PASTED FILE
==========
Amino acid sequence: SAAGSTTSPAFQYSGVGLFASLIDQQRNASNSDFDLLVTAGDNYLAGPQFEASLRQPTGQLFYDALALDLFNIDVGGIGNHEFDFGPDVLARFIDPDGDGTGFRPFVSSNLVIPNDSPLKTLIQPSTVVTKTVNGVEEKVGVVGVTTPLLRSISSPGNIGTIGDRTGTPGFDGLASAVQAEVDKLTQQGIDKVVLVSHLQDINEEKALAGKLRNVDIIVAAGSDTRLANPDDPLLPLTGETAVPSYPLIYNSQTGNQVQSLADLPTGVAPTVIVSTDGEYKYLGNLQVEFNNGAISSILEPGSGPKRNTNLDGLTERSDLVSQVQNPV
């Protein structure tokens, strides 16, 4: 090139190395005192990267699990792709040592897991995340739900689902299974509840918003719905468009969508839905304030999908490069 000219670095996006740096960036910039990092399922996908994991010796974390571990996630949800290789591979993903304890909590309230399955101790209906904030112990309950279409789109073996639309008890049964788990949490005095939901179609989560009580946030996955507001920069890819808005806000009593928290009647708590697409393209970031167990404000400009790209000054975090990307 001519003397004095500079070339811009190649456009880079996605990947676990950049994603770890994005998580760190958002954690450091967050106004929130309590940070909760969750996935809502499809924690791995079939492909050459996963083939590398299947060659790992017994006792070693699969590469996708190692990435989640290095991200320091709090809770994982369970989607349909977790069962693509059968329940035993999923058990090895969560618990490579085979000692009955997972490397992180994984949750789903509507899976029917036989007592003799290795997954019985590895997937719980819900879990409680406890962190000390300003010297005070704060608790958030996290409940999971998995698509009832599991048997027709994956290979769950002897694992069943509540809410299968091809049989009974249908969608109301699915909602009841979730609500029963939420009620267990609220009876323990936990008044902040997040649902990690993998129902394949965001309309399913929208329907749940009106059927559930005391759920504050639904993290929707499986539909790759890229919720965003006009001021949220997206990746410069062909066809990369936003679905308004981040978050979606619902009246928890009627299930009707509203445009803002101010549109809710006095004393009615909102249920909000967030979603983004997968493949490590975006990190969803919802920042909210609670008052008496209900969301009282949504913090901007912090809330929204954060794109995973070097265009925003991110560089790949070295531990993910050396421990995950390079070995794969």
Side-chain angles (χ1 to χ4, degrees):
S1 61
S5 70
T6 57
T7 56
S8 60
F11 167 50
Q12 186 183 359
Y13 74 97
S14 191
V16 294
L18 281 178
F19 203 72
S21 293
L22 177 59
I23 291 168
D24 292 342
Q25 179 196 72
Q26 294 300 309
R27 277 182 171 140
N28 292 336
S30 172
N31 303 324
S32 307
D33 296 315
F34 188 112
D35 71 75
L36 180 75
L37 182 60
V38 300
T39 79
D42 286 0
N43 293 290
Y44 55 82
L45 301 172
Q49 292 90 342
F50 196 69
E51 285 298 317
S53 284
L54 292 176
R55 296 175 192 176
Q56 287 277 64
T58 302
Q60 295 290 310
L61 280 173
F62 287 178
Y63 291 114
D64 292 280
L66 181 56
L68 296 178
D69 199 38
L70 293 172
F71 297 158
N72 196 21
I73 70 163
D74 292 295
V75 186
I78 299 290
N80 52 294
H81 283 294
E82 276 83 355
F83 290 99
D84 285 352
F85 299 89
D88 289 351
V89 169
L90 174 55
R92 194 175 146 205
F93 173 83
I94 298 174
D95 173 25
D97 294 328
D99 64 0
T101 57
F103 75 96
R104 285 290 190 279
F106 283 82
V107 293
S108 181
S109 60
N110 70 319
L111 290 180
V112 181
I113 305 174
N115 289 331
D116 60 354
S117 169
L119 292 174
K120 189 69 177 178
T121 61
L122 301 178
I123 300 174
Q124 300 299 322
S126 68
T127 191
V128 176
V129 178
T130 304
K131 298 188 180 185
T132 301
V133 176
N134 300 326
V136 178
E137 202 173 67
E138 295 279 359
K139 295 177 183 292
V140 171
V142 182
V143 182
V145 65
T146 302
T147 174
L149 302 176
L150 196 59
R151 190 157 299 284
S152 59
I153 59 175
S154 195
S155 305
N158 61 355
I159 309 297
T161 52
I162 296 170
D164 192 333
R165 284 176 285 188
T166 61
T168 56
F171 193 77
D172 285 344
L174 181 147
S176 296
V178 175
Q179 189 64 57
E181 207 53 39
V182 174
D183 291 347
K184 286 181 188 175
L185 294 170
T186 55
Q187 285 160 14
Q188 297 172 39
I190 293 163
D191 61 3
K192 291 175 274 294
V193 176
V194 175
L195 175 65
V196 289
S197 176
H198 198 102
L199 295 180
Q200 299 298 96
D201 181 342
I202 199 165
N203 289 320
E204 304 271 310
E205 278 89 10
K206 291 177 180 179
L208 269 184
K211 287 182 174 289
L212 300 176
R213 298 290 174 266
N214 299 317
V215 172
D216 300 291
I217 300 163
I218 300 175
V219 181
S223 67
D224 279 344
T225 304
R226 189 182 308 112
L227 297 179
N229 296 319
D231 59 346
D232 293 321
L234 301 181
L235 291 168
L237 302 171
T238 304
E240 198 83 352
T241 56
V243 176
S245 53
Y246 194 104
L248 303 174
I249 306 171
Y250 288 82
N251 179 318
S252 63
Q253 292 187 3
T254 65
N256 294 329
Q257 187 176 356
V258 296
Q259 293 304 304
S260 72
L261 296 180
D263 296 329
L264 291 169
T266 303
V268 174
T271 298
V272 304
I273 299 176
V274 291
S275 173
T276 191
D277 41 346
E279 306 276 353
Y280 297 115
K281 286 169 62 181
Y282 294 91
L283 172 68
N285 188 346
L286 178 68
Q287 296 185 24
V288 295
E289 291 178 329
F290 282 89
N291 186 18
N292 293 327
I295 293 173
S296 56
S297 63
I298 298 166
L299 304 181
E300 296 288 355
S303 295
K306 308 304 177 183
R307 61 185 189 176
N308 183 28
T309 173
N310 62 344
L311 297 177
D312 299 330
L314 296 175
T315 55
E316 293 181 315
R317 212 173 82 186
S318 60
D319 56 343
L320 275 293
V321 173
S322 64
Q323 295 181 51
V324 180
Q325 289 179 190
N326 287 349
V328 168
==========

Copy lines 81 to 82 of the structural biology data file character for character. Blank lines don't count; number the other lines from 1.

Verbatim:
S108 181
S109 60